Florida Supreme Court Sends Marijuana Amendment to Ballot
The Florida Supreme Court, in a 4-3 decision Monday, approved the wording of a proposed constitutional amendment that would legalize medical marijuana in the state.
The ruling means the proposal will go before voters during the Nov. 4 election.
Attorney General Pam Bondi led the effort to keep the amendment off the ballot, arguing the summary of the amendment was “misleading” to voters.
But the majority of justices did not agree with that view, noting that while they had no opinion on the merits of the amendment itself, the description of it was sound.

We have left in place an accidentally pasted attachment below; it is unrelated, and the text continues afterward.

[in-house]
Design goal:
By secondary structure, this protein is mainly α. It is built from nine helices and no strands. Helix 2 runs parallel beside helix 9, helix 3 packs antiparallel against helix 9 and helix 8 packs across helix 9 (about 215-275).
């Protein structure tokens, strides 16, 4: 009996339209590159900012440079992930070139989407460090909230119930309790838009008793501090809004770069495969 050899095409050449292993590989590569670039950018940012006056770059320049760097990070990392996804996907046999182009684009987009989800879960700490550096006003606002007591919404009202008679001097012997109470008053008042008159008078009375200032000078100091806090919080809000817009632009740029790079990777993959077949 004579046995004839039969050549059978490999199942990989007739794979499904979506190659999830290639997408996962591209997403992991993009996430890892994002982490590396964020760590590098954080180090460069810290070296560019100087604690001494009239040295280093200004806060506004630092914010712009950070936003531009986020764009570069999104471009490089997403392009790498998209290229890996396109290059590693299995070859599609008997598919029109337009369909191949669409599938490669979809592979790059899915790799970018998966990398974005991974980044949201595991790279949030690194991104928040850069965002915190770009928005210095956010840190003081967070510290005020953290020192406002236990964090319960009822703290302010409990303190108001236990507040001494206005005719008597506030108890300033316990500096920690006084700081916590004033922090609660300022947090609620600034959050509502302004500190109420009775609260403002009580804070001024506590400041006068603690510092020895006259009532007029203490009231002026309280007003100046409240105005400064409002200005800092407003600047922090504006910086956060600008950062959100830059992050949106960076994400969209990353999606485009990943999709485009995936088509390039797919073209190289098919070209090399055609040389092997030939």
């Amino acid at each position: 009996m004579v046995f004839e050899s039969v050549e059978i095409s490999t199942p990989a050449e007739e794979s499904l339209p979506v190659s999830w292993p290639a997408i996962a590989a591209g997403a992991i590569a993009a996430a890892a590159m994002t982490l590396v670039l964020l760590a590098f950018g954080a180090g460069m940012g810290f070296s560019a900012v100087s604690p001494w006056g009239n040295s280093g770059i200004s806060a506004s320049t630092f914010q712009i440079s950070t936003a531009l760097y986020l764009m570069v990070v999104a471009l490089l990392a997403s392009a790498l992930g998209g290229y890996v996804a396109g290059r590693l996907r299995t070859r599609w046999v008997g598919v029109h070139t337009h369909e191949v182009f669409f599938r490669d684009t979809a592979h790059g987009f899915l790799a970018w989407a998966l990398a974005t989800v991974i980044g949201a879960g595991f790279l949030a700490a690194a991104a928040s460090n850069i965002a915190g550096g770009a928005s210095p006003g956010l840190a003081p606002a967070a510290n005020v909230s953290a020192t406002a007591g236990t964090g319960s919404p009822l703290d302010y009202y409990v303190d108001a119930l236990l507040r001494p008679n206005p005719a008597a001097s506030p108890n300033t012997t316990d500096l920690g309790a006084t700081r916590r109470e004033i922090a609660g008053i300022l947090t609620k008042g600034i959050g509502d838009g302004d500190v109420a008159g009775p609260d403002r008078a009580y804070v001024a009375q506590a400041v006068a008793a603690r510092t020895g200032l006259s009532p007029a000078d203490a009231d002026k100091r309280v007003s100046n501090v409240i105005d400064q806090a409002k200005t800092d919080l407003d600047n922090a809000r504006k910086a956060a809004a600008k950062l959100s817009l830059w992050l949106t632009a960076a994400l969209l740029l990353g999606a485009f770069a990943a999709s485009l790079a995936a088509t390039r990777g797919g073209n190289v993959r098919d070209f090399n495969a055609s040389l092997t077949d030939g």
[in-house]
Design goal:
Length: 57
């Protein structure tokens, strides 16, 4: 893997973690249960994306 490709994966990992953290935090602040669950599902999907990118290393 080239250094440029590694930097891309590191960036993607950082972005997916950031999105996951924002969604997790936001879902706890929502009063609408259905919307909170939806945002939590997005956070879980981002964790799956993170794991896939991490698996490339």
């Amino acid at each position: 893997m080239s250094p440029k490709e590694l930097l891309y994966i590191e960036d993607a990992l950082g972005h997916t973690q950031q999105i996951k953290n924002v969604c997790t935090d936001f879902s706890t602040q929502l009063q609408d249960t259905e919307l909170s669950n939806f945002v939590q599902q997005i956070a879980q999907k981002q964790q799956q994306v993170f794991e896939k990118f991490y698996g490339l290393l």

In the ruling, the Court wrote: “By reading the proposed amendment as a whole and construing the ballot title together with the ballot summary, we hold that the voters are given fair notice as to the chief purpose and scope of the proposed amendment, which is to allow a restricted use of marijuana for certain debilitating medical conditions.”
Just last week, the amendment proposal got enough signatures to qualify for the ballot.
Personal injury lawyer John Morgan has spent about $4 million to place the issue before voters.
Gov. Rick Scott is opposed to medical marijuana. His Democrats challengers, state Sen. Nan Rich and former Gov. Charlie Crist, both support it.